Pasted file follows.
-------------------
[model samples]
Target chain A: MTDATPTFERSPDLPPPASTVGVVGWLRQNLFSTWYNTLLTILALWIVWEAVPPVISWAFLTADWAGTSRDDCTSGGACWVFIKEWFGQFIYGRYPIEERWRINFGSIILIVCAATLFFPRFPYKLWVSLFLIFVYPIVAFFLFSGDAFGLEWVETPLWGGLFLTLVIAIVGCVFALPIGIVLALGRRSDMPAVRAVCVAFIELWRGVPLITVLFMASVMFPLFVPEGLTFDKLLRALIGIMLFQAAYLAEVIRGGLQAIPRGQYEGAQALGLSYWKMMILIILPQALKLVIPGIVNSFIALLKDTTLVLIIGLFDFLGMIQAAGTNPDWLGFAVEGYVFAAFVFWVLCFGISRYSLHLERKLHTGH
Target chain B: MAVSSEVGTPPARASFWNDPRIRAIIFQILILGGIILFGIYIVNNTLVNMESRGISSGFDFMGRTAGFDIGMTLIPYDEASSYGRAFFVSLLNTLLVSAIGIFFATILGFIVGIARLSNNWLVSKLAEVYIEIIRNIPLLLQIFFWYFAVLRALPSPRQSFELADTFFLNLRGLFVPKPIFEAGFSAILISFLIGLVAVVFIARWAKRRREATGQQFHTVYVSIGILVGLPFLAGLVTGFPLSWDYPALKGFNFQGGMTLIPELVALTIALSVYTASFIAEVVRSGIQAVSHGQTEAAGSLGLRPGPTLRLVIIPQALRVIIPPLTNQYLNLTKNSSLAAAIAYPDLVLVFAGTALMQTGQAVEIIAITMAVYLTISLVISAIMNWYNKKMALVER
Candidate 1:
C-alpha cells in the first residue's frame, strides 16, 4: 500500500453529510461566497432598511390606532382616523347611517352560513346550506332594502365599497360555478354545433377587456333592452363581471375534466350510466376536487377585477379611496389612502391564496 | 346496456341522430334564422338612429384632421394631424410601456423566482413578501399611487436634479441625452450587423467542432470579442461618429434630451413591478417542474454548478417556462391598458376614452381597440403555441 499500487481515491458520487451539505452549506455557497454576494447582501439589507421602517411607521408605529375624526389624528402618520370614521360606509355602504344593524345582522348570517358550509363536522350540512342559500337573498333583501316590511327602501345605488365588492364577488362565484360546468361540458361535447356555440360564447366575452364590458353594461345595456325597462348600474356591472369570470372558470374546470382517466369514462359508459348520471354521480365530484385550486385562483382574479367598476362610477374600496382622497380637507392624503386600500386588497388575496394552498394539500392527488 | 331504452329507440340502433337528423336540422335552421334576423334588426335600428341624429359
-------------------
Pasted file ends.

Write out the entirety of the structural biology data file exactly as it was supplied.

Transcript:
[model samples]
Target chain A: MTDATPTFERSPDLPPPASTVGVVGWLRQNLFSTWYNTLLTILALWIVWEAVPPVISWAFLTADWAGTSRDDCTSGGACWVFIKEWFGQFIYGRYPIEERWRINFGSIILIVCAATLFFPRFPYKLWVSLFLIFVYPIVAFFLFSGDAFGLEWVETPLWGGLFLTLVIAIVGCVFALPIGIVLALGRRSDMPAVRAVCVAFIELWRGVPLITVLFMASVMFPLFVPEGLTFDKLLRALIGIMLFQAAYLAEVIRGGLQAIPRGQYEGAQALGLSYWKMMILIILPQALKLVIPGIVNSFIALLKDTTLVLIIGLFDFLGMIQAAGTNPDWLGFAVEGYVFAAFVFWVLCFGISRYSLHLERKLHTGH
Target chain B: MAVSSEVGTPPARASFWNDPRIRAIIFQILILGGIILFGIYIVNNTLVNMESRGISSGFDFMGRTAGFDIGMTLIPYDEASSYGRAFFVSLLNTLLVSAIGIFFATILGFIVGIARLSNNWLVSKLAEVYIEIIRNIPLLLQIFFWYFAVLRALPSPRQSFELADTFFLNLRGLFVPKPIFEAGFSAILISFLIGLVAVVFIARWAKRRREATGQQFHTVYVSIGILVGLPFLAGLVTGFPLSWDYPALKGFNFQGGMTLIPELVALTIALSVYTASFIAEVVRSGIQAVSHGQTEAAGSLGLRPGPTLRLVIIPQALRVIIPPLTNQYLNLTKNSSLAAAIAYPDLVLVFAGTALMQTGQAVEIIAITMAVYLTISLVISAIMNWYNKKMALVER
Candidate 1:
C-alpha cells in the first residue's frame, strides 16, 4: 500500500453529510461566497432598511390606532382616523347611517352560513346550506332594502365599497360555478354545433377587456333592452363581471375534466350510466376536487377585477379611496389612502391564496 | 346496456341522430334564422338612429384632421394631424410601456423566482413578501399611487436634479441625452450587423467542432470579442461618429434630451413591478417542474454548478417556462391598458376614452381597440403555441 499500487481515491458520487451539505452549506455557497454576494447582501439589507421602517411607521408605529375624526389624528402618520370614521360606509355602504344593524345582522348570517358550509363536522350540512342559500337573498333583501316590511327602501345605488365588492364577488362565484360546468361540458361535447356555440360564447366575452364590458353594461345595456325597462348600474356591472369570470372558470374546470382517466369514462359508459348520471354521480365530484385550486385562483382574479367598476362610477374600496382622497380637507392624503386600500386588497388575496394552498394539500392527488 | 331504452329507440340502433337528423336540422335552421334576423334588426335600428341624429359